“Just the other day, I randomly bumped into…!”
“I had this totally random thought…!”
“I found that I had a totally random connection to…!”
We use the word ‘random’ often enough. As we observe conversation, relationships, connections we often apply the label ‘random.’
Even scientifically, we discuss the random motion of particles, the generation of random numbers, and the probability of the occurrence of random events.
As a mathematician, I’ve thought a bit about randomness.
“We use that word a lot; I do not think it means what we think it means.”
It seems to me that when we run into a situation that is immeasurably intricate, overwhelming complicated, where the interconnections and relationships are just too complex, we attempt to simplify all of it by calling it random.
Coincidence. Happenstance. Surprise.
Unpredictable, perhaps, but not because things are so purely random: they’re just often too multifaceted, too deep for us to be able to appreciate and handle. Chaos theory, anyone?
I think back to my early days of computer programming. When you needed a random number, the computer asked you for a “random number seed,” a starting number that the computer would then perform some complicated mathematical operations on in order to generate another number, seemingly at random–but truly not so: the relationship of the result to the original random number seed was just too complex for us to grasp. But in the earliest days, if you used the same random number seed, you would get the same “random number” each time.
Who were we fooling?
Instead of being comfortable with complexity, we’ve tried to hide it under this idea. “Well, that was random!” We comment on someone’s remark, or on a sudden malfunction, or on some other surprise event.
Likely, it wasn’t random at all. But we don’t want to stop and consider all the relationships and factors that went into bringing about that occurrence. So we simplify our understanding.
Talking with a group of friends recently, we were discussing the idea of the mysteries of God. There are many things we can know about Him, much that we can say. But there are some things that are not fully explainable, things that we can’t completely describe (I love the word ‘ineffable’). There are some areas where we can take our knowledge and understanding to a certain point, but no further.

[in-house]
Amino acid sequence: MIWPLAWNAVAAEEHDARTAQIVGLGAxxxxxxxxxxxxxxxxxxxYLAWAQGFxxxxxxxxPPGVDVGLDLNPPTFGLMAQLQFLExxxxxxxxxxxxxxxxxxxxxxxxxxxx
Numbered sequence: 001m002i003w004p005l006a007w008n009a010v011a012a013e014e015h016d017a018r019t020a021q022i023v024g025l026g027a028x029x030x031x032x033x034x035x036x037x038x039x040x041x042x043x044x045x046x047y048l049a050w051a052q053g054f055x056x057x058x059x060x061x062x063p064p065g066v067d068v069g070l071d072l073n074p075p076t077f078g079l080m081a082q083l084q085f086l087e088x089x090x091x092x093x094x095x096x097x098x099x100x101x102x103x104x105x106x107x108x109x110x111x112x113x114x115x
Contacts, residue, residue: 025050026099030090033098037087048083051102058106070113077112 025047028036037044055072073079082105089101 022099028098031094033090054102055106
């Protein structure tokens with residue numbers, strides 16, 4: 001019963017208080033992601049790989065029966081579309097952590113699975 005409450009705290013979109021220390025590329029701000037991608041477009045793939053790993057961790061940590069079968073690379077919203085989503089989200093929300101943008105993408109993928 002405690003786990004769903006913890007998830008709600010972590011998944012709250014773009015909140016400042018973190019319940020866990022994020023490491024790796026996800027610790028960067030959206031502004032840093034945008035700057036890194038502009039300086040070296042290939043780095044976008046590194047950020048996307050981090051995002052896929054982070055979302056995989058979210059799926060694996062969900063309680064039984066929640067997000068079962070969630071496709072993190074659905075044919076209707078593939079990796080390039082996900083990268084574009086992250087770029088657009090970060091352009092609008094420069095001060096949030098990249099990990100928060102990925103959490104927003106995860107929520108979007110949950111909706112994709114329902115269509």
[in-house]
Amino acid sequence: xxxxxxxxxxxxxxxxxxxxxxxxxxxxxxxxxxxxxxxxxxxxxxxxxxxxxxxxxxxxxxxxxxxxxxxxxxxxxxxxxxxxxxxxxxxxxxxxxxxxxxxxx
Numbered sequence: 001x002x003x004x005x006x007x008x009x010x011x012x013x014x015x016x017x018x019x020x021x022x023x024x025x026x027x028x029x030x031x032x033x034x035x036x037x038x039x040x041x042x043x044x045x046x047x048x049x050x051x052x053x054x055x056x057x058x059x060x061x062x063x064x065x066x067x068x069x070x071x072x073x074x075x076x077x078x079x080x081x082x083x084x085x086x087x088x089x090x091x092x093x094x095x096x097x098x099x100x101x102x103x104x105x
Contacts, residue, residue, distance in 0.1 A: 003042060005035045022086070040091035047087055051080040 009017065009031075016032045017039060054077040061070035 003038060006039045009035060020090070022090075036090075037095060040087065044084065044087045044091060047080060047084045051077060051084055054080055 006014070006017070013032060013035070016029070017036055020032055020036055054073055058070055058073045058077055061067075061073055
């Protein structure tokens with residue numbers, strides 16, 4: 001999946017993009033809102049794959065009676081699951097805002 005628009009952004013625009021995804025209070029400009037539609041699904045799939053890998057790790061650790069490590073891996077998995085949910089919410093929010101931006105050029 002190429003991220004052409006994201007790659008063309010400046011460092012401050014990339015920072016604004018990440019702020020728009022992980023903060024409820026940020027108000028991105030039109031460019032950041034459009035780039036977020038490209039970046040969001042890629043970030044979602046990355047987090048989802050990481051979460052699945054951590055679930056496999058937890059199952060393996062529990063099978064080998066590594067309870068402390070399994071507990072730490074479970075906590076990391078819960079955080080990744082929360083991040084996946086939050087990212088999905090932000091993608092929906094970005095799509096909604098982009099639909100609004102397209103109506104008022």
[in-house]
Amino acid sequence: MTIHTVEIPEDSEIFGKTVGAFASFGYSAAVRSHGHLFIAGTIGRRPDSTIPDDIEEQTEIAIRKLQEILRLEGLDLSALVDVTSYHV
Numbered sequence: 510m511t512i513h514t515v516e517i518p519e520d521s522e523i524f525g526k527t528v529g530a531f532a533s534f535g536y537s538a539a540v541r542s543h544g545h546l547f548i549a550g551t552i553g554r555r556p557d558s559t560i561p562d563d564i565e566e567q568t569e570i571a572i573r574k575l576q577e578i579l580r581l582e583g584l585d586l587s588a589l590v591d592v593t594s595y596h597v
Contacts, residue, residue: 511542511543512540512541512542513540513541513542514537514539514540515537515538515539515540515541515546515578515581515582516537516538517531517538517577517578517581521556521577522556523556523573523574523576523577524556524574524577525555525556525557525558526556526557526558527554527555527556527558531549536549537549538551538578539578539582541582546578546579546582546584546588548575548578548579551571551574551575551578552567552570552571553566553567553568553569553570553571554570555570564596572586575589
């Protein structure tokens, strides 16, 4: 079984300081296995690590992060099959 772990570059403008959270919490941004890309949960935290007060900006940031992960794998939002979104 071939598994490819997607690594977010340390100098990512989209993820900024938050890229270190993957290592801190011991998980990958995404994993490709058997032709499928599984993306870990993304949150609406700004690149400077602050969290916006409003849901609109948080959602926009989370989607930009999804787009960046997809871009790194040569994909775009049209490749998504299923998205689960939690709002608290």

For some people, this is frustrating or even unacceptable. Intellectuals (like me) may not be easily satisfied with anything less than exhaustive understanding. We may not like the idea of having to eventually say, “I just don’t know.”
For us, eventually confronting this idea of mystery is a challenge, a spiritual discipline in and of itself.
Interesting: so willing to label the happenings of life as random (content with a lack of understanding), but so resistant to labeling the things of God as a mystery (demanding full understanding).
For the one who looks to science to explain all things, it surprises me to find such contentment with the notion of random.
And for the one who looks to God as the source of all things, it surprises me to find such reluctance to permit a significant degree of mystery.
We as people seem to have caught ourselves between two silly extremes.
We daily admit to ourselves that we cannot understand the depths of everything going on, and yet we make demands of God about why certain things do or don’t happen, how He can possibly be regarded as good, powerful, or just based upon all the evidence we observe.
We contentedly limit science (as we apply the label ‘random’), but we want to fully master God, as we demand full knowledge of Him…all the while disgruntled by the seeming incongruities between God and science.
If we took the fervor that we sometimes apply in trying to crack God’s code, getting into the secret realm behind the curtain to expose Him for who we think He really is–if we took that same fervor and invested ourselves in the conversations, relationships, interactions, and thoughts that we so readily refer to as random, I wonder if we couldn’t enjoy the best of it all: deep awareness of the world we live in and the people we live amongst, all the while acknowledging (which means knowing) a great, powerful, and mysterious God who is watching over us all.
Perhaps these thoughts above strike you as totally random.
I assure you, they’re not.